|8th President of Oberlin College|
|Preceded by||Ernest Hatch Wilkins|
|Succeeded by||Robert K. Carr|
|United States Ambassador to the Philippines|
February 5, 1962 – June 14, 1964
|President||John F. Kennedy|
Lyndon B. Johnson
|Preceded by||John D. Hickerson|
|Succeeded by||William McCormick Blair, Jr.|
William Edwards Stevenson
October 25, 1900
Chicago, Illinois, U.S.
|Died||April 2, 1985 (aged 84)|
Fort Myers, Florida, U.S.
|Spouse||Eleanor "Bumpie" Bumstead Stevenson|
|Children||Helen Stevenson Meyner, Priscilla|
|Alma mater||Princeton University (undergraduate)|
University of Oxford
|Profession||track and field athlete, lawyer, diplomat|
|Representing the United States|
|1924 Paris||4x400 m relay|
William Edwards Stevenson (October 25, 1900 – April 2, 1985) was an American track and field athlete, lawyer and diplomat, who won the gold medal in the 4 × 400 metres relay at the 1924 Summer Olympics, and later served as the president of Oberlin College.
Born in Chicago, Illinois, William Stevenson won the AAU championships in 440 yd (400 m) in 1921.
He was a graduate of Andover and Princeton University before winning a Rhodes Scholarship to Oxford University, where he studied law.
After returning to United States, he was an assistant U.S. attorney for the southern district of New York in the 1920s and, in 1931, founded the prominent New York law partnership of Debevoise, Stevenson, Plimpton and Page, now Debevoise & Plimpton L.L.P.
At the Paris Olympics, Stevenson ran the second leg on the American 4 × 400 meters relay team, which won the gold medal with a new world record of 3.16.0. His teammates were Commodore Cochran, Oliver MacDonald and Alan Helffrich.
During the World War II, Stevenson and his wife, Eleanor "Bumpie" Bumstead Stevenson, a 1923 graduate of Smith College, organized and administered American Red Cross operations in Great Britain, North Africa, Sicily, and Italy. Both he and his wife were awarded the Bronze Star for meritorious achievement in support of military operations. (Eleanor Stevenson was the author of I Knew Your Soldier in 1946. She was active in the civil rights movement and the first person to give a nationally broadcast speech on behalf of Planned Parenthood.)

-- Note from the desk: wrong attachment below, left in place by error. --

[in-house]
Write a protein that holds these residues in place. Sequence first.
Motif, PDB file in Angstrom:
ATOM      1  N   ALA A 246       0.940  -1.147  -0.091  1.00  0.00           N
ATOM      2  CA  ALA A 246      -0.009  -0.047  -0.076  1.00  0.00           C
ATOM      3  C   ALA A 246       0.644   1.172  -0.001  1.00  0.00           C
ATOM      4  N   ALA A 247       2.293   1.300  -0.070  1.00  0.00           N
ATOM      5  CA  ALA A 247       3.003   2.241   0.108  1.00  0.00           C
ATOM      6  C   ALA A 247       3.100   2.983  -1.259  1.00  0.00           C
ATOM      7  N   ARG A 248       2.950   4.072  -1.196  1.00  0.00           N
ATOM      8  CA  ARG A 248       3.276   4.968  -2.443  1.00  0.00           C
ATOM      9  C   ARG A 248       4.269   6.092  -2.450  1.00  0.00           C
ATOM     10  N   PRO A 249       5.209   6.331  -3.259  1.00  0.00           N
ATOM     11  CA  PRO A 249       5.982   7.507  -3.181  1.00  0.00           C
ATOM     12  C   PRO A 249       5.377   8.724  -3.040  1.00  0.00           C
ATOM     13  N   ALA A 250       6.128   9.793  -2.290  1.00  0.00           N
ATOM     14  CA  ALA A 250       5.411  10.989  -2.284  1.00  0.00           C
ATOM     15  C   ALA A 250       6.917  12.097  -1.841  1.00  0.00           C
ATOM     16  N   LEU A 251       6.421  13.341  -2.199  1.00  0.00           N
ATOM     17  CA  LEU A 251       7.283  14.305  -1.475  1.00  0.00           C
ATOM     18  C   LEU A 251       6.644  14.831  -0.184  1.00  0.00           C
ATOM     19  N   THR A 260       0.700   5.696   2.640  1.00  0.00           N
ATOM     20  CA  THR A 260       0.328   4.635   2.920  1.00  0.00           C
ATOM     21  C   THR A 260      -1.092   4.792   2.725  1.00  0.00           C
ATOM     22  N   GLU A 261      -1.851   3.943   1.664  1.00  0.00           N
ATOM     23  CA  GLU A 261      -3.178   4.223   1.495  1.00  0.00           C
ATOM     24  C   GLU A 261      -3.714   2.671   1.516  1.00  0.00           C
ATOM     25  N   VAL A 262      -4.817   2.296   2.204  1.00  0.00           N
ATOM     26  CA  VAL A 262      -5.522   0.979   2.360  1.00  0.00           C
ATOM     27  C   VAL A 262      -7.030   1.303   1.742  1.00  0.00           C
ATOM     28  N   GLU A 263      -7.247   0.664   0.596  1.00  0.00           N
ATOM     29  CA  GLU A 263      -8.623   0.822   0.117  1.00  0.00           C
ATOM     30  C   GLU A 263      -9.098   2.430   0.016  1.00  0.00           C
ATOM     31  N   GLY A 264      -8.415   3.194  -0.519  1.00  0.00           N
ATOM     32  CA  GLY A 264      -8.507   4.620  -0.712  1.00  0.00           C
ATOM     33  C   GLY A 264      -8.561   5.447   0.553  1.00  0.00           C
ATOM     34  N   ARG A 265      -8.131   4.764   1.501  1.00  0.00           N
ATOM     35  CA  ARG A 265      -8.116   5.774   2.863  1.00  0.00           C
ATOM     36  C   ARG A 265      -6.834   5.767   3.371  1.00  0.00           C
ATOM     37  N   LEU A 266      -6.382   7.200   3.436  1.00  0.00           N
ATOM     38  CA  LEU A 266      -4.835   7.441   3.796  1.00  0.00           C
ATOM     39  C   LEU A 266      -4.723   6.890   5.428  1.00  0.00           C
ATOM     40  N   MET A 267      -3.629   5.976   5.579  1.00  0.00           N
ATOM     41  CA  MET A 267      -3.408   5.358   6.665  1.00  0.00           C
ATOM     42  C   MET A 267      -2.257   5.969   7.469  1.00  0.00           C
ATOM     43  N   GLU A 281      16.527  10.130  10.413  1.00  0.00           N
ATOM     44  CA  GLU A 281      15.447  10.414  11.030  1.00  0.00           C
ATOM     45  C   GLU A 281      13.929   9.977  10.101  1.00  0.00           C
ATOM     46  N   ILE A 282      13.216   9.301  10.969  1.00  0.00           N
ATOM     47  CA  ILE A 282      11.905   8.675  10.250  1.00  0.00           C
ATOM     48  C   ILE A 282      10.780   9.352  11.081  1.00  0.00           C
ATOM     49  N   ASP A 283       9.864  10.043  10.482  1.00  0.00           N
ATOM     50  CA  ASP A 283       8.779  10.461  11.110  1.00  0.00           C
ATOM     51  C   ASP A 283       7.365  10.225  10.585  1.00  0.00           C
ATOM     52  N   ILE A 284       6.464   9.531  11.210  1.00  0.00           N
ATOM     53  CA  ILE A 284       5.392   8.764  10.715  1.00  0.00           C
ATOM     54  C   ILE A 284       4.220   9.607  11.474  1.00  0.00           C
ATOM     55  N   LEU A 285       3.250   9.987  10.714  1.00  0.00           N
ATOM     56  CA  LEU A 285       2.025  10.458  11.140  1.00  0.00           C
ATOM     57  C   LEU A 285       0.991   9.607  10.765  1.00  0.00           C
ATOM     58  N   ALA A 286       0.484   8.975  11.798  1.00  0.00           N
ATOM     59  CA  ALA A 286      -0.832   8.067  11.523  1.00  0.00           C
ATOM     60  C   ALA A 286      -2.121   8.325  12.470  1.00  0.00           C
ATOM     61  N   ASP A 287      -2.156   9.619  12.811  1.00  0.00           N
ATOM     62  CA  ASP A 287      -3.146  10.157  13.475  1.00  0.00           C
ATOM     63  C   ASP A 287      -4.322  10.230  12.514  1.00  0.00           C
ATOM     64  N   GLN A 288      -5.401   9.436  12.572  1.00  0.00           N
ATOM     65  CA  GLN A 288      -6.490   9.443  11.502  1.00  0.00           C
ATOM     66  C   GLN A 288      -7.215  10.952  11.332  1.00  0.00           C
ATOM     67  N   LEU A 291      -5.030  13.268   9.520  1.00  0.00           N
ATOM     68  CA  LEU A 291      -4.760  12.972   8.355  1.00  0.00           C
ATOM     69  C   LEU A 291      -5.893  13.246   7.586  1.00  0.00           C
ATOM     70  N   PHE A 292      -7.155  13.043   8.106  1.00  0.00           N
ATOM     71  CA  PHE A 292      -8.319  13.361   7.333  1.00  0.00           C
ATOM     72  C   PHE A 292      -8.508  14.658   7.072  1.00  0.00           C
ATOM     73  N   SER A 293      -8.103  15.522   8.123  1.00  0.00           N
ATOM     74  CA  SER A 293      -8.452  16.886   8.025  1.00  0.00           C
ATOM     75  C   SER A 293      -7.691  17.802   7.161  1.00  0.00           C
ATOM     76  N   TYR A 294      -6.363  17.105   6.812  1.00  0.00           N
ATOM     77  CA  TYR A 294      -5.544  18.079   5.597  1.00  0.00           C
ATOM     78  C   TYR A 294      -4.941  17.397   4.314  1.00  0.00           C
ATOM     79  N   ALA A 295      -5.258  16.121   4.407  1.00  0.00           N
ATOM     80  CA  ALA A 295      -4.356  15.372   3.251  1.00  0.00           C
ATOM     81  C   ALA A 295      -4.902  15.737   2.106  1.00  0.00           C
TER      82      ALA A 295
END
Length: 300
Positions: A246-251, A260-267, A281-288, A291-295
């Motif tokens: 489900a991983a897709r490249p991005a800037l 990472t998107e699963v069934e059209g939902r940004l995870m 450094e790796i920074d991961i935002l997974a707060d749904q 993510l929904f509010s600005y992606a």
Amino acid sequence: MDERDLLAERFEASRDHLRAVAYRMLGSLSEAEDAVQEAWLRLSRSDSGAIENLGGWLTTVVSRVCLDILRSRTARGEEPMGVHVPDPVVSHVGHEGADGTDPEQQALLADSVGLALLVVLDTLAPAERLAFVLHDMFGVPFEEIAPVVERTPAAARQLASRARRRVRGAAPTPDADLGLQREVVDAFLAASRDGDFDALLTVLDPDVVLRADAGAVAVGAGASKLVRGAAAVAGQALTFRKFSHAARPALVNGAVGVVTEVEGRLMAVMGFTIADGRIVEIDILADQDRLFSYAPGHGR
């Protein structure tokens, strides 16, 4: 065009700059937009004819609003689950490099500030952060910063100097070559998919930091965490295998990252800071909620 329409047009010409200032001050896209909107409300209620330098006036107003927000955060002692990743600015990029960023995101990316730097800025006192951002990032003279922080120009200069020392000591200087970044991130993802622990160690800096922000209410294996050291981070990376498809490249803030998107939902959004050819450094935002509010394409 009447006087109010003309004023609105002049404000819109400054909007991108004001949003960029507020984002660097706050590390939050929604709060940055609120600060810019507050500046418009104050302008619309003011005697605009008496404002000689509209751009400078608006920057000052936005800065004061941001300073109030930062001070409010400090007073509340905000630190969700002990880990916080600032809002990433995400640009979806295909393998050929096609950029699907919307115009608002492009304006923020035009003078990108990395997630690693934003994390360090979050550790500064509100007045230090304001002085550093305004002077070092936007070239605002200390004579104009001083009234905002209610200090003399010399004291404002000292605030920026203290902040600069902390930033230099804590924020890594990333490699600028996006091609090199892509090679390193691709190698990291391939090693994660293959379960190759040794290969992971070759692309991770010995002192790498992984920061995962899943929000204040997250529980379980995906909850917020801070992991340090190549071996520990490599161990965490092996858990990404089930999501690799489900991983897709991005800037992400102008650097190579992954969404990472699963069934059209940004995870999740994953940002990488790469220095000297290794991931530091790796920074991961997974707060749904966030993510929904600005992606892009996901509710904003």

In 1946, Stevenson succeeded Ernest Hatch Wilkins as a president of Oberlin College. He held the post until 1960.
In 1962 John F. Kennedy appointed him as an ambassador to Philippines, where he served until 1965. He then became the head of the Aspen Institute of Humanistic Studies in Colorado.
Stevenson died in Fort Myers, Florida, aged 84.
In 1937, Stevenson bought Buttonwood Manor in the North Stamford section of Stamford, Connecticut, an 1809 Colonial-style house. When Stevenson and his wife went to England during World War II, they rented the house to Dorothy Fields, a renowned lyricist, according to the columnist and war correspondent Ernie Pyle.
He was the father of U.S. Representative Helen Stevenson Meyner, who served for two terms, from 1975 to 1979. She was the wife of two-term New Jersey Gov. Robert B. Meyner. His other daughter, Priscilla, married Richard Hunt, a Harvard professor and the university's marshal. He was also a cousin of the Vice-President Adlai E. Stevenson, presidential candidate Adlai Stevenson, Senator Adlai Stevenson III, and actor McLean Stevenson.